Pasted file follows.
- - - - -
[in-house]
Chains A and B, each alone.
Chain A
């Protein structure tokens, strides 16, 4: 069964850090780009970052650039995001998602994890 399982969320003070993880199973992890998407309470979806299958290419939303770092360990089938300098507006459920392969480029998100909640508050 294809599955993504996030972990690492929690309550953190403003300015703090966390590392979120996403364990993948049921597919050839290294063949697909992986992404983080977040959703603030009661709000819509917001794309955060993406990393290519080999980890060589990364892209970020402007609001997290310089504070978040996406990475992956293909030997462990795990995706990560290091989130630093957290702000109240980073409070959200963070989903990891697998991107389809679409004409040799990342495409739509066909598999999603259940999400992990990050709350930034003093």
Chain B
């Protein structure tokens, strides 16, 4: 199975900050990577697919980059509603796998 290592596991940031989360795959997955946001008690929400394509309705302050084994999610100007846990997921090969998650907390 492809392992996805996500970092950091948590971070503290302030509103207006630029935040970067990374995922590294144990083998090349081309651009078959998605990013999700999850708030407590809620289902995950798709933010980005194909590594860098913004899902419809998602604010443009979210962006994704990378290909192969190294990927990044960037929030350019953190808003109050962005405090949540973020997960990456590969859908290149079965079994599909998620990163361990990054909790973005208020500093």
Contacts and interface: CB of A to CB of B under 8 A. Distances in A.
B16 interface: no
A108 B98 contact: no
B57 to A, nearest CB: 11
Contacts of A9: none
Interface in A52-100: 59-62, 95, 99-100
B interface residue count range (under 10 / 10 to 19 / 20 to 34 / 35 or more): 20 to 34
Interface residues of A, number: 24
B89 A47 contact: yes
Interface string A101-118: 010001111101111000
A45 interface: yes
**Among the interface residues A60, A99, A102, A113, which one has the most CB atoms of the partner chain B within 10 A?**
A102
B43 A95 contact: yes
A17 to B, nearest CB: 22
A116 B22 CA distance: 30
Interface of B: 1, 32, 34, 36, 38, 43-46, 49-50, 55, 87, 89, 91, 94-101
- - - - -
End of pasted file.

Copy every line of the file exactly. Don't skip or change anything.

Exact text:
[in-house]
Chains A and B, each alone.
Chain A
């Protein structure tokens, strides 16, 4: 069964850090780009970052650039995001998602994890 399982969320003070993880199973992890998407309470979806299958290419939303770092360990089938300098507006459920392969480029998100909640508050 294809599955993504996030972990690492929690309550953190403003300015703090966390590392979120996403364990993948049921597919050839290294063949697909992986992404983080977040959703603030009661709000819509917001794309955060993406990393290519080999980890060589990364892209970020402007609001997290310089504070978040996406990475992956293909030997462990795990995706990560290091989130630093957290702000109240980073409070959200963070989903990891697998991107389809679409004409040799990342495409739509066909598999999603259940999400992990990050709350930034003093």
Chain B
């Protein structure tokens, strides 16, 4: 199975900050990577697919980059509603796998 290592596991940031989360795959997955946001008690929400394509309705302050084994999610100007846990997921090969998650907390 492809392992996805996500970092950091948590971070503290302030509103207006630029935040970067990374995922590294144990083998090349081309651009078959998605990013999700999850708030407590809620289902995950798709933010980005194909590594860098913004899902419809998602604010443009979210962006994704990378290909192969190294990927990044960037929030350019953190808003109050962005405090949540973020997960990456590969859908290149079965079994599909998620990163361990990054909790973005208020500093």
Contacts and interface: CB of A to CB of B under 8 A. Distances in A.
B16 interface: no
A108 B98 contact: no
B57 to A, nearest CB: 11
Contacts of A9: none
Interface in A52-100: 59-62, 95, 99-100
B interface residue count range (under 10 / 10 to 19 / 20 to 34 / 35 or more): 20 to 34
Interface residues of A, number: 24
B89 A47 contact: yes
Interface string A101-118: 010001111101111000
A45 interface: yes
**Among the interface residues A60, A99, A102, A113, which one has the most CB atoms of the partner chain B within 10 A?**
A102
B43 A95 contact: yes
A17 to B, nearest CB: 22
A116 B22 CA distance: 30
Interface of B: 1, 32, 34, 36, 38, 43-46, 49-50, 55, 87, 89, 91, 94-101